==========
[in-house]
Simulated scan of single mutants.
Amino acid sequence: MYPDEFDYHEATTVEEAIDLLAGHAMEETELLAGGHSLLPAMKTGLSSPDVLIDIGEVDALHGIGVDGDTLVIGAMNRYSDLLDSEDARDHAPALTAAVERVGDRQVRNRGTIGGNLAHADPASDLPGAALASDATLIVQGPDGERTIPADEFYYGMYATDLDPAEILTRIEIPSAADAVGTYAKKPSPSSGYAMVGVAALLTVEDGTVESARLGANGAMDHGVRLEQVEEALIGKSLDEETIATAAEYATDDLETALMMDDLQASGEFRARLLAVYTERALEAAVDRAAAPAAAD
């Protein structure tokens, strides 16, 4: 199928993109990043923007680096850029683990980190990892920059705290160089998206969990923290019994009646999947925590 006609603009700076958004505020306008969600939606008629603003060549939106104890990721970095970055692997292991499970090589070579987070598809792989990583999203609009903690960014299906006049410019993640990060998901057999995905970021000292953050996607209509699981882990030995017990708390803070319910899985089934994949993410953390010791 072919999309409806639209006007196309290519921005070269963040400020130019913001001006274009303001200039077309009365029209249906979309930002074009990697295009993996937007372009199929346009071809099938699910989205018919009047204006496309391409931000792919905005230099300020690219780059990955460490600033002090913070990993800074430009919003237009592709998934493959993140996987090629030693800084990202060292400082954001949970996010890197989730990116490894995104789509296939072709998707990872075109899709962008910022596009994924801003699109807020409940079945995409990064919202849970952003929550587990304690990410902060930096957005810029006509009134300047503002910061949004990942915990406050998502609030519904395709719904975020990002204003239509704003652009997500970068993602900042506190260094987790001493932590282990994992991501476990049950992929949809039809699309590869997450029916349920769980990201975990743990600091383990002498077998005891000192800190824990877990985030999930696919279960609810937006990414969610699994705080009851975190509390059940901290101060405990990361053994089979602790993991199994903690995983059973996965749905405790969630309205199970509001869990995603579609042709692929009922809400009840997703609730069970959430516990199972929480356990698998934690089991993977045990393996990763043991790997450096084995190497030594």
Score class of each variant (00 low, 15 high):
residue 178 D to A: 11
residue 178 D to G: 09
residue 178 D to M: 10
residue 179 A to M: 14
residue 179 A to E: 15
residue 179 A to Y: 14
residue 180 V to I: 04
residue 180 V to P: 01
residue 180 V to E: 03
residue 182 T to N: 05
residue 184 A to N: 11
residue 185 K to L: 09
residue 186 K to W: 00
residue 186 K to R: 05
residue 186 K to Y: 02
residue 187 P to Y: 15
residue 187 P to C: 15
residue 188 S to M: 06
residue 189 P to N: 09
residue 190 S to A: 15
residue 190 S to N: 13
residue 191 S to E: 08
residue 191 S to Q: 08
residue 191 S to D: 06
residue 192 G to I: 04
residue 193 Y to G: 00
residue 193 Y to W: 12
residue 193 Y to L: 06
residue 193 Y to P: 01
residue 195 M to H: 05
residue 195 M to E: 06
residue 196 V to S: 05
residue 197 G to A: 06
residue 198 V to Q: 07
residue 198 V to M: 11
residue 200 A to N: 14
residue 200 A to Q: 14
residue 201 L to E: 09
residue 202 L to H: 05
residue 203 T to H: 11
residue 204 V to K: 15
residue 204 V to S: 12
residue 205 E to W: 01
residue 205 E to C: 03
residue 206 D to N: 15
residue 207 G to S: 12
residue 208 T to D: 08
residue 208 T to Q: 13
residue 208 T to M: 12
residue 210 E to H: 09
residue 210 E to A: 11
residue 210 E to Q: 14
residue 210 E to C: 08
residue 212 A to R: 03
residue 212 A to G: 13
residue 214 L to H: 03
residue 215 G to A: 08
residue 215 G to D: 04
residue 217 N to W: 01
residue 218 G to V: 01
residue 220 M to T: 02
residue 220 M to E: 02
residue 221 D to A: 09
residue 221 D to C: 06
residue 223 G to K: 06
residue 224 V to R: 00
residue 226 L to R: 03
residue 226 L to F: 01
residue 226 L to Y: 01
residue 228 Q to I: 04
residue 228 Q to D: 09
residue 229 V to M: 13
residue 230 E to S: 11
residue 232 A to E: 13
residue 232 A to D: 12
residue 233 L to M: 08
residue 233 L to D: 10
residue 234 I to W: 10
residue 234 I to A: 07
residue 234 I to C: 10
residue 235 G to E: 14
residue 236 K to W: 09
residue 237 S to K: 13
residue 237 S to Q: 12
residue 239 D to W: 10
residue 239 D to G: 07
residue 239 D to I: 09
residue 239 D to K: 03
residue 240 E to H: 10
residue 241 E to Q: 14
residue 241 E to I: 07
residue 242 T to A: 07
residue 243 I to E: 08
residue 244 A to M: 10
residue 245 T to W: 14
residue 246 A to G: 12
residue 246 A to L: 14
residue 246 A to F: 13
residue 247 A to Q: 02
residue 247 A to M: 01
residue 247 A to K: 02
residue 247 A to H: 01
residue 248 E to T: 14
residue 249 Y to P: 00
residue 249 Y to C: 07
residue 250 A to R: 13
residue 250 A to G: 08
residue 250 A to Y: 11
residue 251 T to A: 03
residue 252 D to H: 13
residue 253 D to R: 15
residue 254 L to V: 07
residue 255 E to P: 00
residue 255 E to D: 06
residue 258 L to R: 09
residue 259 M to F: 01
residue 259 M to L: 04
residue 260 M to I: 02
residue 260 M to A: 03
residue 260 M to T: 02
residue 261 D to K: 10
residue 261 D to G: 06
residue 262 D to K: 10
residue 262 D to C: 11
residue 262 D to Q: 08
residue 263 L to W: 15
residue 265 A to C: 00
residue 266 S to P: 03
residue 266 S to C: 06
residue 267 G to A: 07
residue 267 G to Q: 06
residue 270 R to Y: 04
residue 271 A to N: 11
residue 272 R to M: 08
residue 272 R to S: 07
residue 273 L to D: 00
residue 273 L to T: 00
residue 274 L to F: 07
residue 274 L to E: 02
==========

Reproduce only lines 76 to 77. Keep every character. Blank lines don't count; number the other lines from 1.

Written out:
residue 228 Q to D: 09
residue 229 V to M: 13